Open19, LinkedIn’s open source data center project, launched a foundation and announced founding members last week, including GE Digital, HPE, Flex, and Vapor IO. This builds on the Open19 concept development work LinkedIn started in 2016.
In some ways Open19 sounds a lot like the Open Compute Project (OCP), Facebook’s open source initiative that launched in 2011. Both focus on open hardware and software for the data center. Many Open19 members — Microsoft (which owns LinkedIn), GE Digital, HPE, and Vapor IO — are also OCP members.
But the two projects aren’t competing, said some Open19 founders.
Vapor IO CEO Cole Crawford described Open19’s relationship to OCP as “complementary.” A key difference between the two is that Open19 doesn’t require suppliers to open source their intellectual property, he said. “Open19 allows for innovation over a common server form factor without forcing IP to be shared inside of the server itself.”
“It is completely complementary,” added Yuval Bachar, president of the Open19 Foundation and principal engineer of global infrastructure architecture at LinkedIn. “It’s an extension to an area where Open Compute cannot address, where people want to keep their IP as a competitive advantage.”
The goal of Open19, which LinkedIn first announced in July 2016, was to create an open standard that works in any EIA 19-inch rack (that’s where the name comes from). One of its first hardware projects is the Open19 Platform industry specification that defines a cross-industry common server form factor.
Having a common standard allows suppliers to produce servers that will interoperate and be interchangeable in any rack environment, allowing for faster rack integration, the group said. And unlike OCP, it doesn’t require suppliers to open source their innovations.
“We are trying to define a framework and standard that we can work around and innovate around in Open19, compared to the Open Compute Project’s open-source technologies for hardware,” Bachar said. “We left the solution open-ended from the perspective that the standard is fully specked but the innovation platform is happening inside. Each company can innovate and not necessarily be forced to put their IP out there and create a situation where they lose their competitive advantage.”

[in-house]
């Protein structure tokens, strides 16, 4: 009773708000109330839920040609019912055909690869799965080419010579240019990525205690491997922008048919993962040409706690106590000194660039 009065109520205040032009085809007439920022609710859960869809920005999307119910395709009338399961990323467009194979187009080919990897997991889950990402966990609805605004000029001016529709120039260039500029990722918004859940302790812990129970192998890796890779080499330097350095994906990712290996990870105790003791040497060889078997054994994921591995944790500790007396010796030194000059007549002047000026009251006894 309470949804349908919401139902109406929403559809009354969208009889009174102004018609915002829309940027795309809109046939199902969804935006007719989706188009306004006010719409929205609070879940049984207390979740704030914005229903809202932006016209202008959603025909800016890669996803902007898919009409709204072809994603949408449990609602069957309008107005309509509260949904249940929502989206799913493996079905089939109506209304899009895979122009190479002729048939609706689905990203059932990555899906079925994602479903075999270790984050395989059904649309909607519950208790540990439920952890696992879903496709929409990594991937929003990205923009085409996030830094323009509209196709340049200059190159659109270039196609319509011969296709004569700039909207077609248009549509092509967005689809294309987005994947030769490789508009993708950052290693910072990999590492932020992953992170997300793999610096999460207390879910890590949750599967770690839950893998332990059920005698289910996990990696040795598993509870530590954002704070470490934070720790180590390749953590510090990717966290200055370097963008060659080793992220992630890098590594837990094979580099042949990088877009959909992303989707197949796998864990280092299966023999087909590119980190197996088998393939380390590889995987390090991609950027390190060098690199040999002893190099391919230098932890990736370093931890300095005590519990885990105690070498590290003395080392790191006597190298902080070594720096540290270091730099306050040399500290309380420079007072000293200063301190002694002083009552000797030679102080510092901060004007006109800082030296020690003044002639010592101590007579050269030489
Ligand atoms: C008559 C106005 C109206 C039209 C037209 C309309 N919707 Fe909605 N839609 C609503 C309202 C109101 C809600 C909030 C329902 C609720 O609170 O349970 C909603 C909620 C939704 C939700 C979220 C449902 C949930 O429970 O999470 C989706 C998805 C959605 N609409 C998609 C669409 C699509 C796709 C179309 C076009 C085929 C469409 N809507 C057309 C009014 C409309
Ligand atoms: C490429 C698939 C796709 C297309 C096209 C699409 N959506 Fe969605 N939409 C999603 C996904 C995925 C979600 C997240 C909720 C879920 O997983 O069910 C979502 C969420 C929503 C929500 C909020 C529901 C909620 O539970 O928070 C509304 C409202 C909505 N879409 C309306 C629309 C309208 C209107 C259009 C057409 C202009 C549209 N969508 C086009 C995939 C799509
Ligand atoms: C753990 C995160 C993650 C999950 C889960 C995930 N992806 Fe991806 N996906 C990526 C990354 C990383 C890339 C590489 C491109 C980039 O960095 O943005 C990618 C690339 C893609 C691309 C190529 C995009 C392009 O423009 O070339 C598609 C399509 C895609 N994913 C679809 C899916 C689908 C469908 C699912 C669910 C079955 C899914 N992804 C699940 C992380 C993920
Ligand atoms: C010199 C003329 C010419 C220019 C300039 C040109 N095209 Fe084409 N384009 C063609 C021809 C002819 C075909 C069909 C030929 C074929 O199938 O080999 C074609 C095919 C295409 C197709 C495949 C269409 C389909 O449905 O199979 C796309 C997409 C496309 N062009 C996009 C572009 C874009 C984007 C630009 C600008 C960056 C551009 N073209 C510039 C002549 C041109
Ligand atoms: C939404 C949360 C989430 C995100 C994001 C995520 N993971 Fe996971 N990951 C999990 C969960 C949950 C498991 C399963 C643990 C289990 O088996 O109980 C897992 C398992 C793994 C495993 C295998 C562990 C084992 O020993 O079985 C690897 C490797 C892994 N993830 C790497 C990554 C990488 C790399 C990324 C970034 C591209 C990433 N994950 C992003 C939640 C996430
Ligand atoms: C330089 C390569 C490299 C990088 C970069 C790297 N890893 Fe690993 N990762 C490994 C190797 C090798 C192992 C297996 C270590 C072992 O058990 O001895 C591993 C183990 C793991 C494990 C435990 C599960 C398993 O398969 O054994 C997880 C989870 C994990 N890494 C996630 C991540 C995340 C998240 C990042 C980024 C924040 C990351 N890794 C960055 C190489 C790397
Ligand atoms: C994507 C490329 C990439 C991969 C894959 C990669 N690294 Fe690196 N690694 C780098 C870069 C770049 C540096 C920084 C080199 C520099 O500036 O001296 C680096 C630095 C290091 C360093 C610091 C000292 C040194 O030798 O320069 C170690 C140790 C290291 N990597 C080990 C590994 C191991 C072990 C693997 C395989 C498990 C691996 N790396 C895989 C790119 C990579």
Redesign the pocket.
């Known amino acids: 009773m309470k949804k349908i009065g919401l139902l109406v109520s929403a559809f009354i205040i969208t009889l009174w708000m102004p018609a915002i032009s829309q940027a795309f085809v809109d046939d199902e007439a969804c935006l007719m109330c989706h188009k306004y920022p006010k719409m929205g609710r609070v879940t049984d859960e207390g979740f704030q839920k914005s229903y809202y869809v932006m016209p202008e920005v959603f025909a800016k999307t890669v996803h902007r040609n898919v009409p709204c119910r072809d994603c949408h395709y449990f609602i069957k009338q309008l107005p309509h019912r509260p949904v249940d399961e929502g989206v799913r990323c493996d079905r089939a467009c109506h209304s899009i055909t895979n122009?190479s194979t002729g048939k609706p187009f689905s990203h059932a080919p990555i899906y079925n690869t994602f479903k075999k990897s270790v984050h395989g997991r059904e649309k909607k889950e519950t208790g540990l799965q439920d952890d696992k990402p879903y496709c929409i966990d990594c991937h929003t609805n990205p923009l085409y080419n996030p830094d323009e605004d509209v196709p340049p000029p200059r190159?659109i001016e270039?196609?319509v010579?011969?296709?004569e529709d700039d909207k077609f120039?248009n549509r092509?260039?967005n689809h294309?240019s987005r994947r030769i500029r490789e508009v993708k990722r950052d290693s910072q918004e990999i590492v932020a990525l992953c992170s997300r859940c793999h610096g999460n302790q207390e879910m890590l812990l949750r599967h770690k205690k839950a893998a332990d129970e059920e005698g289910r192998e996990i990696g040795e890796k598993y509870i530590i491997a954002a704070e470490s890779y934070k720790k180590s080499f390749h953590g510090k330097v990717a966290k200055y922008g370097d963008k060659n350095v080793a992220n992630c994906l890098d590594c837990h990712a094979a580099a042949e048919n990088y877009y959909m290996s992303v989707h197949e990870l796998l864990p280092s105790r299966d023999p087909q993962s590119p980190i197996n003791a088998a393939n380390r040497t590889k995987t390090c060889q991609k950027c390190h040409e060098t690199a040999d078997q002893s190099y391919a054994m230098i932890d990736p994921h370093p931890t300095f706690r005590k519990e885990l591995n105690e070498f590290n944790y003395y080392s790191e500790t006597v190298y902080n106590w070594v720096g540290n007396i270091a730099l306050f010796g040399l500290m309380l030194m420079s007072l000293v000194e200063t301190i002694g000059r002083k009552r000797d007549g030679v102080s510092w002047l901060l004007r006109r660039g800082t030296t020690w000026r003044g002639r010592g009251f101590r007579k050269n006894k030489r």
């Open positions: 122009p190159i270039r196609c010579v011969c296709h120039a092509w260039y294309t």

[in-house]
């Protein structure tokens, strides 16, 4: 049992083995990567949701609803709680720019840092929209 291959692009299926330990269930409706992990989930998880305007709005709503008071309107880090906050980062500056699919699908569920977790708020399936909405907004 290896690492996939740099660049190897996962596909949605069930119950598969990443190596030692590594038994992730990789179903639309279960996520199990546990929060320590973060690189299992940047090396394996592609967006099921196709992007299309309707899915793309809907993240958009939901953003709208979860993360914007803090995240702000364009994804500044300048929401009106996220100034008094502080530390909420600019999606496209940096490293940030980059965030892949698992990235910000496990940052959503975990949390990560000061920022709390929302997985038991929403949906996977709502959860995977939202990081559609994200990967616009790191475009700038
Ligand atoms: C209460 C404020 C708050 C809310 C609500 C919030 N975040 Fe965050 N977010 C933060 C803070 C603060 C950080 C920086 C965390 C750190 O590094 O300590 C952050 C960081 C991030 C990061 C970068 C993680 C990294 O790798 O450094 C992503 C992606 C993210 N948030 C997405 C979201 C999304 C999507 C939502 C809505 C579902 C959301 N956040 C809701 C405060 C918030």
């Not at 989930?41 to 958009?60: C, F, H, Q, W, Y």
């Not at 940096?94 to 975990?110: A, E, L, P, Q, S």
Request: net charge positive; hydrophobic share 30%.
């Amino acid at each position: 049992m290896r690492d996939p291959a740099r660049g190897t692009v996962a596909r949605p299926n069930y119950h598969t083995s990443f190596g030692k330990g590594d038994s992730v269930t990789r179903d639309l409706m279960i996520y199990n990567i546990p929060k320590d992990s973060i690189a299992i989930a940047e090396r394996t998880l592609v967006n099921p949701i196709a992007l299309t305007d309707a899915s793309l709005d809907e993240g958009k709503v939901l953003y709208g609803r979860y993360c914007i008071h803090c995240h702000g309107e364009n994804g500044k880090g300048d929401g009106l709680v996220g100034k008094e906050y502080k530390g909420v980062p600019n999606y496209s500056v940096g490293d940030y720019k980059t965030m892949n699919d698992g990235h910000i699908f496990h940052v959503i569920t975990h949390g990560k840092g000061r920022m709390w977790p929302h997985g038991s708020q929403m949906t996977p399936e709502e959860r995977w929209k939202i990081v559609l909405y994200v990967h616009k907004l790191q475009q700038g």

The platform has three main common elements: brick cage, power shelf, and network switch. It supports four form factors: brick, double wide brick, double high half width brick, and double high double wide brick.
Bachar said the platform is undergoing testing and will be released in the fourth quarter of this year. “We have to confirm all the technology is there and the interoperability is there, and the solution is robust,” Bachar said.
In the meantime, the Open19 Foundation will review other projects, like the open source software that Vapor IO will soon submit to the foundation for review, Crawford said.
Standardizing Edge Deployments
Another key difference between OCP and Open19 is the latter’s focus on standardizing edge deployments.
“The edge is an emerging market that we believe will be a very dominant market in the next three to five years,” Bachar said. “With the emergence of the Internet of Things, edge processing capabilities are going to be a must.”
The Internet of Things (IoT) and other data-intensive technologies that must be processed in near-real time are driving edge computing, where machines transmit data to a local gateway device instead of sending it back to the cloud or a central data center.
“This is actually a huge difference for a company like Vapor IO that is really only targeting the edge, said Crawford, who also recently posted a blog about how Open19 will drive edge computing. “What Open19 allows us to do is offer a standardized truck role, regardless of server manufacturer.”